The loss of dairy farms

Kent once had 50 active dairy farms. Those farms and the families that ran them are the bedrock of the town’s history. Intertwined in that history are the private schools in Kent, especially Kent School and South Kent School. So it is fitting that, as reported by Shaw Israel Izikson in last week’s Lakeville Journal, it is an alumnus of South Kent School who is working to transform the last dairy farm in town, the Arno farm, into a part of the school’s educational mission, that is, a site for environmental study.

While the school’s headmaster, Andrew Vadnais, emphasizes that the sale of the farmland is not complete, the process is well along. If all goes according to plan, the land will be available for students to work on environmental projects, reconnecting with the land and the opportunities it could offer for research in responsible stewardship of the planet.

The many dairy farmers, who were active for the bulk of the 20th century, needed to keep connected to the land and to their livestock in order to maintain their livelihoods and their way of life. One of those farmers, who lived in South Kent his entire life, from the time of his birth in 1919 until his death in 1997, was Phil Camp, who after his retirement began writing about his experiences, his memories, of growing up on his family’s farm and then carrying on the tradition by working the farm.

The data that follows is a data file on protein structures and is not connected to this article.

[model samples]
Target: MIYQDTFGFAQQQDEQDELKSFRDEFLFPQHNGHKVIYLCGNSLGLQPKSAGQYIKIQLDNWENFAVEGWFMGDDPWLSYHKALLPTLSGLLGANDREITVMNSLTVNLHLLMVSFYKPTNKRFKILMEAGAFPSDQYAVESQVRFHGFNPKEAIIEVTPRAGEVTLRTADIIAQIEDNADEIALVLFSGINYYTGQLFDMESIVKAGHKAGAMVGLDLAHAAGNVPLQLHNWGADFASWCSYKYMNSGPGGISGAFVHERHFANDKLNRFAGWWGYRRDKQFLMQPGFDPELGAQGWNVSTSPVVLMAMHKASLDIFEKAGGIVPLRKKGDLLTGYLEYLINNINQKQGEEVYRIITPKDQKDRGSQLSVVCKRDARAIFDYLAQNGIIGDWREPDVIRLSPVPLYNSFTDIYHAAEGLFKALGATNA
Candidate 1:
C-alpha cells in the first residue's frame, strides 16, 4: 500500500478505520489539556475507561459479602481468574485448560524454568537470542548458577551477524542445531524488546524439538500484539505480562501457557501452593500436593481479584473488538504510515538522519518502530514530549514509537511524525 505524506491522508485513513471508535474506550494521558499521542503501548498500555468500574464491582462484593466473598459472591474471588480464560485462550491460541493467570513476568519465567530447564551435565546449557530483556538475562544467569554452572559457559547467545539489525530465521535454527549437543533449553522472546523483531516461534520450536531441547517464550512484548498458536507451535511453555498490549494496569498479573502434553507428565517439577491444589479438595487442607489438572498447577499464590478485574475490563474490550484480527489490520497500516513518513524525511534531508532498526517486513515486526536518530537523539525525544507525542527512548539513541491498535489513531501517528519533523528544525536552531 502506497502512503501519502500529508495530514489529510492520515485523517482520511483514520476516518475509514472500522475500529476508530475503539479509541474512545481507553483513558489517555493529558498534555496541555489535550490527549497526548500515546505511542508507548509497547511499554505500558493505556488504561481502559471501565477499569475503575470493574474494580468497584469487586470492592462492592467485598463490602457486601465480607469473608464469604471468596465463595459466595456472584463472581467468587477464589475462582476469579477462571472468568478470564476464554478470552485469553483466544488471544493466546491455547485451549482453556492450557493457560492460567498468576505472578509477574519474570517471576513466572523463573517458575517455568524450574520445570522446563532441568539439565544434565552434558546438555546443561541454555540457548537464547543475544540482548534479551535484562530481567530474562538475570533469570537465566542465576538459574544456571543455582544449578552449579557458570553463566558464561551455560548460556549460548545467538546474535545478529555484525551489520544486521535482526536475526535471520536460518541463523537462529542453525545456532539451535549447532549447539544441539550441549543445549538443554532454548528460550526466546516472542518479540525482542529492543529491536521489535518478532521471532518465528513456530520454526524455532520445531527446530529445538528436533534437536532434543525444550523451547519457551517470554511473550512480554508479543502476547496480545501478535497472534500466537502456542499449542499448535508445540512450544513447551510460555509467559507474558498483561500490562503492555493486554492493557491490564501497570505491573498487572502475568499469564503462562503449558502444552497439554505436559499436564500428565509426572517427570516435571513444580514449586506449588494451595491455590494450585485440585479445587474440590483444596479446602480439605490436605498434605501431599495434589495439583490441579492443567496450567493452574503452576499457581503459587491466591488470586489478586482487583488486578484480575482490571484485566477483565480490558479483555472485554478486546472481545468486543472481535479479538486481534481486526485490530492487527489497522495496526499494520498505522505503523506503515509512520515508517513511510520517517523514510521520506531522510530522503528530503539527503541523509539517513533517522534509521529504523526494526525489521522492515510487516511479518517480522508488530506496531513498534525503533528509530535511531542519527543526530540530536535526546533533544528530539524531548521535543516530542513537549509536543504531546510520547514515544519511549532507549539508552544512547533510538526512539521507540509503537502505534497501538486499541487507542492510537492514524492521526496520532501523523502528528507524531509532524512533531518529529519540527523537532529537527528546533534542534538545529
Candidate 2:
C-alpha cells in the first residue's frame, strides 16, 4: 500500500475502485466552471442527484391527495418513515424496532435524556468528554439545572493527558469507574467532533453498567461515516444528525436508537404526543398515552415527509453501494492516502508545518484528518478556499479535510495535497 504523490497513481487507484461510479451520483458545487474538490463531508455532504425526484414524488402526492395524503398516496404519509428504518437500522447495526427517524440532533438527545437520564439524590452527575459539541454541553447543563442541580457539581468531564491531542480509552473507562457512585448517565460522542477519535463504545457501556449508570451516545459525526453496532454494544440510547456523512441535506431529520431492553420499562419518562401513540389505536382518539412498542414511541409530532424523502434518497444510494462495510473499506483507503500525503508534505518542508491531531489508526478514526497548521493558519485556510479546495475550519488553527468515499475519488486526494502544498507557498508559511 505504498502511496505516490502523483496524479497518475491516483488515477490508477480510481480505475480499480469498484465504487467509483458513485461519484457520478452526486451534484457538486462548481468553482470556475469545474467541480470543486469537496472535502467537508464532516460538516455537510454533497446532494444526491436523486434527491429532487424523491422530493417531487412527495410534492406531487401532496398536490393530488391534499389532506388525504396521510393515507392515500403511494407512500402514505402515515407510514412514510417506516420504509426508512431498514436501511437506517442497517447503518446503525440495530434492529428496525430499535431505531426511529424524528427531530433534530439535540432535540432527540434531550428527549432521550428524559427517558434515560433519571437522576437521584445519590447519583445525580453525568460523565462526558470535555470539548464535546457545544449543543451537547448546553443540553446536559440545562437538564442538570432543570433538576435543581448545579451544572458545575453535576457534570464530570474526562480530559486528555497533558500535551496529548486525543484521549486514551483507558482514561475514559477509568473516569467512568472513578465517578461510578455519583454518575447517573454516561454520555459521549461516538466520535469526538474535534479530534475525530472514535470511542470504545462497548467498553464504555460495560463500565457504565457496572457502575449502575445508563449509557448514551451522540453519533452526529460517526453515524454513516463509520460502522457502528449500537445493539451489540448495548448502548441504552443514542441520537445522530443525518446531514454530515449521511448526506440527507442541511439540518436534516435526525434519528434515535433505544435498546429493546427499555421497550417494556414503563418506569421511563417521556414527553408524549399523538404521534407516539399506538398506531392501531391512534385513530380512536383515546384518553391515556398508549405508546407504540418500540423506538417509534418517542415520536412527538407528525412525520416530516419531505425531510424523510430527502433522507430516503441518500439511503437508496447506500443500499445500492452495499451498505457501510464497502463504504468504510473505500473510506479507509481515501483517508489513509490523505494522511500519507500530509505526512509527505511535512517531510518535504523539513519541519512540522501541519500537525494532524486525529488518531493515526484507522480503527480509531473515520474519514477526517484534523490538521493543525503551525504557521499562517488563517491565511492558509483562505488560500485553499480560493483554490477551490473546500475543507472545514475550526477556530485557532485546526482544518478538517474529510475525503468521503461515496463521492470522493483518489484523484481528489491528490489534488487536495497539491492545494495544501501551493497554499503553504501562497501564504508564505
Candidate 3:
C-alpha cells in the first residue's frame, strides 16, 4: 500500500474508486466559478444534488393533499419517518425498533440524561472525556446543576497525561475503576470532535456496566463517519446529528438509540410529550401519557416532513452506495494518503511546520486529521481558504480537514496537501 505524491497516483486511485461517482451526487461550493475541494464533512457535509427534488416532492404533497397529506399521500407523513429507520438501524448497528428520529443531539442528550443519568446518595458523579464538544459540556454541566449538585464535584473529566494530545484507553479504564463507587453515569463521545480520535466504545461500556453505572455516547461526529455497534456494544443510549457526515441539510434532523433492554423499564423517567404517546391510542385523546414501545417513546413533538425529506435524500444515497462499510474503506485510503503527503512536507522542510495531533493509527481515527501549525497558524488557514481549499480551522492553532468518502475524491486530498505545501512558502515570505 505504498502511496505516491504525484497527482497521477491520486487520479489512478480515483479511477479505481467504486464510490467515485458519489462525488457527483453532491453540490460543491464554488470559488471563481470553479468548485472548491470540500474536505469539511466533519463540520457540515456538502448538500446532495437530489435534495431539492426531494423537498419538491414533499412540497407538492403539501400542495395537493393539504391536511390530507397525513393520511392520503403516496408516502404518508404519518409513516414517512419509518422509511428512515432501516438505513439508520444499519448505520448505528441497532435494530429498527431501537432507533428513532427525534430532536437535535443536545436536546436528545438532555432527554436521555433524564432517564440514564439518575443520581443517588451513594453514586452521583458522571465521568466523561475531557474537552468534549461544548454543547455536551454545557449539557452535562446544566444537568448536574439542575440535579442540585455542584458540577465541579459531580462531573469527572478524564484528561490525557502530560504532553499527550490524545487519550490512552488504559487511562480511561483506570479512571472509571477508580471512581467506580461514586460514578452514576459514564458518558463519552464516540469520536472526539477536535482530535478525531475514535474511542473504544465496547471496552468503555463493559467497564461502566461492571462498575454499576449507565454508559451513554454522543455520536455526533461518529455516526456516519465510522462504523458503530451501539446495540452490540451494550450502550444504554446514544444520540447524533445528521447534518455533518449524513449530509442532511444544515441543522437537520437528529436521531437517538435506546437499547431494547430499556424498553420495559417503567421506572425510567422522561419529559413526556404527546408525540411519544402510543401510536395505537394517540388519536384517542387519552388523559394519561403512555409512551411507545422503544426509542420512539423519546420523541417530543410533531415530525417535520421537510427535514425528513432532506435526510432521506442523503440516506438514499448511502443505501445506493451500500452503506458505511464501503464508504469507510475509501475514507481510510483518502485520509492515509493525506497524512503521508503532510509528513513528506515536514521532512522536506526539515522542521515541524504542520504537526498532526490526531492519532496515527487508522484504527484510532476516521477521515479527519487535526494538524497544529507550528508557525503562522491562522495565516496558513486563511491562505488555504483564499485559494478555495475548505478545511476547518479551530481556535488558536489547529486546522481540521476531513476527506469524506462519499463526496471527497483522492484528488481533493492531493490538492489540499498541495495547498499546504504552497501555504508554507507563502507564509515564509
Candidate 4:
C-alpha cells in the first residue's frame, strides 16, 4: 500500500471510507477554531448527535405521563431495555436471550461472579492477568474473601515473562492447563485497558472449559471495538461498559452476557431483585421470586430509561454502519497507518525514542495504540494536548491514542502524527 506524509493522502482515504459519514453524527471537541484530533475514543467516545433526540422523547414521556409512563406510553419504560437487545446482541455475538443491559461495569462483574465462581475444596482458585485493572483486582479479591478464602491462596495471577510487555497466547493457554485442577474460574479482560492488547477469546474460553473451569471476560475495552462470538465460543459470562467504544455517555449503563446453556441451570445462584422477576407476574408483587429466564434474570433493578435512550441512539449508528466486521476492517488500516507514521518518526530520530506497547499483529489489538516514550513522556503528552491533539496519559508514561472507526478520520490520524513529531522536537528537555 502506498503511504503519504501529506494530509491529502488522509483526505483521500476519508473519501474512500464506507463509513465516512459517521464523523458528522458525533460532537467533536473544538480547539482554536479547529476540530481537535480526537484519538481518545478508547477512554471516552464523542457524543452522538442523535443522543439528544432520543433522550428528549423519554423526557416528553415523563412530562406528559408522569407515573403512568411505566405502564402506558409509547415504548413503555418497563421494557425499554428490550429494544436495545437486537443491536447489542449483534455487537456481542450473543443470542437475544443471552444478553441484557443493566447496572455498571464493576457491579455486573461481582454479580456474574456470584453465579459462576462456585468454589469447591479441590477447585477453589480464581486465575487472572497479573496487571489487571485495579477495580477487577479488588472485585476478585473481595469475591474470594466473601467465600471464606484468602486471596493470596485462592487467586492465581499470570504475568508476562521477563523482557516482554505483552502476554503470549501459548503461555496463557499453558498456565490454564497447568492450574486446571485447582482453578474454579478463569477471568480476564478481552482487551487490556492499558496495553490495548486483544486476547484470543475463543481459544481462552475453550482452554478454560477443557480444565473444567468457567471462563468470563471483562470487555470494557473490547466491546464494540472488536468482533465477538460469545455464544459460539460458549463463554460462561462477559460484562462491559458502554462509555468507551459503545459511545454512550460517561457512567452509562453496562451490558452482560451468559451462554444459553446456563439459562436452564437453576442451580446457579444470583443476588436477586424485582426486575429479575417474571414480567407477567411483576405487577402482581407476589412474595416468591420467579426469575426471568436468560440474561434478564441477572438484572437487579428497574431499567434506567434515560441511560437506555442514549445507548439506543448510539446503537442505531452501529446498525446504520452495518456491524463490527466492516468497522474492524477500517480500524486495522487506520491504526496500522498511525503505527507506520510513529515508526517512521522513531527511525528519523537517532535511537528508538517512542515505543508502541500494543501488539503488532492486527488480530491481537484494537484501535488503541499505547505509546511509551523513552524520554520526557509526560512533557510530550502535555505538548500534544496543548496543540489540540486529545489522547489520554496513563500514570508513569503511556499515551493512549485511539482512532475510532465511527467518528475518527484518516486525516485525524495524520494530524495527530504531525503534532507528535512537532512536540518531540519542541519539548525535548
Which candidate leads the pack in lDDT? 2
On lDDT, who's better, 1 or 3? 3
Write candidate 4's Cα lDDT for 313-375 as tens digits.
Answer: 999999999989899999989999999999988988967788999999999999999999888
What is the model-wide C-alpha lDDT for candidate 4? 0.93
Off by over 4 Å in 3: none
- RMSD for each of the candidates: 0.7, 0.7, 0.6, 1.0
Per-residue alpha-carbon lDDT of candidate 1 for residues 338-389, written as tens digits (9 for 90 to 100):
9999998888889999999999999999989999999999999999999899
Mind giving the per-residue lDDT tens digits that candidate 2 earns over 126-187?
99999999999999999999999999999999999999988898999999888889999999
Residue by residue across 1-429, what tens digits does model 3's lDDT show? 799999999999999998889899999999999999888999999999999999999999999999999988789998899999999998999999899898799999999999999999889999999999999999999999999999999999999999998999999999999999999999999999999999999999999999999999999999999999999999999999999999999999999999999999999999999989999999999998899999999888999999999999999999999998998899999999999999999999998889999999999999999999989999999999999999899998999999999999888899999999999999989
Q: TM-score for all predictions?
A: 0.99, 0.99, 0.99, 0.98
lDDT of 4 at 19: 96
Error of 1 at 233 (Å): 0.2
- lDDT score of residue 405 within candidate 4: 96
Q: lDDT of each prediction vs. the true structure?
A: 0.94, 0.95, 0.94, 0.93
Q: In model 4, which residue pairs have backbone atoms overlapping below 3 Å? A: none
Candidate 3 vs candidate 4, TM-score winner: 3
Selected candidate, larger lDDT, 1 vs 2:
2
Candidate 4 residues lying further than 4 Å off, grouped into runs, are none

Camp, with the help and support of his wife, Marie, wrote seven books of great interest to anyone who would like to understand the way life was in Kent before the demise of local farming. (Those little books, by the way, were printed at The Lakeville Journal’s print shop.) His stories and the old photos that accompany them are very personal and very charming, yet also give a real sense of rural life before cell towers, cable TV, digital communication and the Internet. To see some samples of Phil Camp’s reminiscences, go to philcampsstories.com. And, of course, Kent Historical Society has more history available for the curious, including a book available in its gift shop, “Sherm Chase Remembers, a Kent Life 1900 to 1982,†published by the society and the Chase family. The Web site, kenthistoricalsociety.org, has information about the families and the farms of Kent under the section on agriculture.

Understanding the way Kent and the Northwest Corner has changed and continues to change underscores and illuminates the transition from a regional agrarian society structure across the country as well. South Kent School has the right idea in thinking about ways to continue to use the land to find ways to improve the relationship of young people to their environment. The lessons of the past can help the next generation to affect climate change and understand their connection to nature by developing a better knowledge of the ways farmers were able to live off the land in rural Connecticut. If it comes to be, the South Kent School environmental initiative can give inspiration toward stronger environmentalism to all who live in this region now and will live here in years to come.

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Thanks are due to Fred Baumgarten, who has enlightened The Lakeville Journal for the past several years about the ways of nature in the Northwest Corner in the column, Nature’s Notebook. Thank you, Fred, for helping all of us be more aware of the natural world around us. And thanks to Tim Abbott for his ongoing and thoughtful nature writing in that column, and to Scott Heth of Sharon Audubon for taking up the project of writing for Nature’s Notebook.

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